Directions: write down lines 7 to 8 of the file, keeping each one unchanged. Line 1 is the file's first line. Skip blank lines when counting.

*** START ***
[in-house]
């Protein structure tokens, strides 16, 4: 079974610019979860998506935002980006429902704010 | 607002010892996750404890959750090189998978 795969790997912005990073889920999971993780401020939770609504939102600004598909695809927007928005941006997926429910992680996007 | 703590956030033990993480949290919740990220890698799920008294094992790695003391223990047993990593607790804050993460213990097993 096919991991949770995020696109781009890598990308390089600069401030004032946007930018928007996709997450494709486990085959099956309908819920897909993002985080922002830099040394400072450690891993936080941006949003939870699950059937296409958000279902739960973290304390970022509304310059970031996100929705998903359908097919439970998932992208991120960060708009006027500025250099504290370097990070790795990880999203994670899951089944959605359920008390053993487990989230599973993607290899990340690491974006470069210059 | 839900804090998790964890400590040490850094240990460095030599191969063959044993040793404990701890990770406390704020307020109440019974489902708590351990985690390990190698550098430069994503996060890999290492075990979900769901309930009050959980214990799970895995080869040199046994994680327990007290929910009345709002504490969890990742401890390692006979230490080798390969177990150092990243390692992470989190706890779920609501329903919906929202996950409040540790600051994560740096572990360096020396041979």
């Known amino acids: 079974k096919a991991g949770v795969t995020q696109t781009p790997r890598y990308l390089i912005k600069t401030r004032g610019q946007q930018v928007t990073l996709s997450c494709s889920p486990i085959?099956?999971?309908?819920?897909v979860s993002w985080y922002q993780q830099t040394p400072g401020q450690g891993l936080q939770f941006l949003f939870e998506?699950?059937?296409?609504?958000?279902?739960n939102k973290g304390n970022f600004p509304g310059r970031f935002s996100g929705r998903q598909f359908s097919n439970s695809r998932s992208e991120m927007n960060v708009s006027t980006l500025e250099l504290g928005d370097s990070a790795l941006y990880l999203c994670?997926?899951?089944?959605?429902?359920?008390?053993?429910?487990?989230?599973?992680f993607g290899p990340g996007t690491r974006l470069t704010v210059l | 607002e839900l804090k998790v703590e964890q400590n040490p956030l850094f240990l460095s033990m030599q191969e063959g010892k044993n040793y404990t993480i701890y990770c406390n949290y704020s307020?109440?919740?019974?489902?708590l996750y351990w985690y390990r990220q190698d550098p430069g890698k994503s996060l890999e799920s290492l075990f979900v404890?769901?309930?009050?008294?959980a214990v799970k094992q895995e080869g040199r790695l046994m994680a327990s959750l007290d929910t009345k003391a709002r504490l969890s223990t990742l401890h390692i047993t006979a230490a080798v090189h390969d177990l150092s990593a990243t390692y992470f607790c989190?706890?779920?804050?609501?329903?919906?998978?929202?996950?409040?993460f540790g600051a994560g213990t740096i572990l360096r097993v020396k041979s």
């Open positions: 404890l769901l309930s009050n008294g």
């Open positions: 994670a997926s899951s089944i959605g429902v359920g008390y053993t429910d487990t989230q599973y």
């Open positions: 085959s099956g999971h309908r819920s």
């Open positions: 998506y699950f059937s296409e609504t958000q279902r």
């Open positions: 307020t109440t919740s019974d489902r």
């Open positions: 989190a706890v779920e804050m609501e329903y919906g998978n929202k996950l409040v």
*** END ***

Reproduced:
């Open positions: 998506y699950f059937s296409e609504t958000q279902r």
């Open positions: 307020t109440t919740s019974d489902r």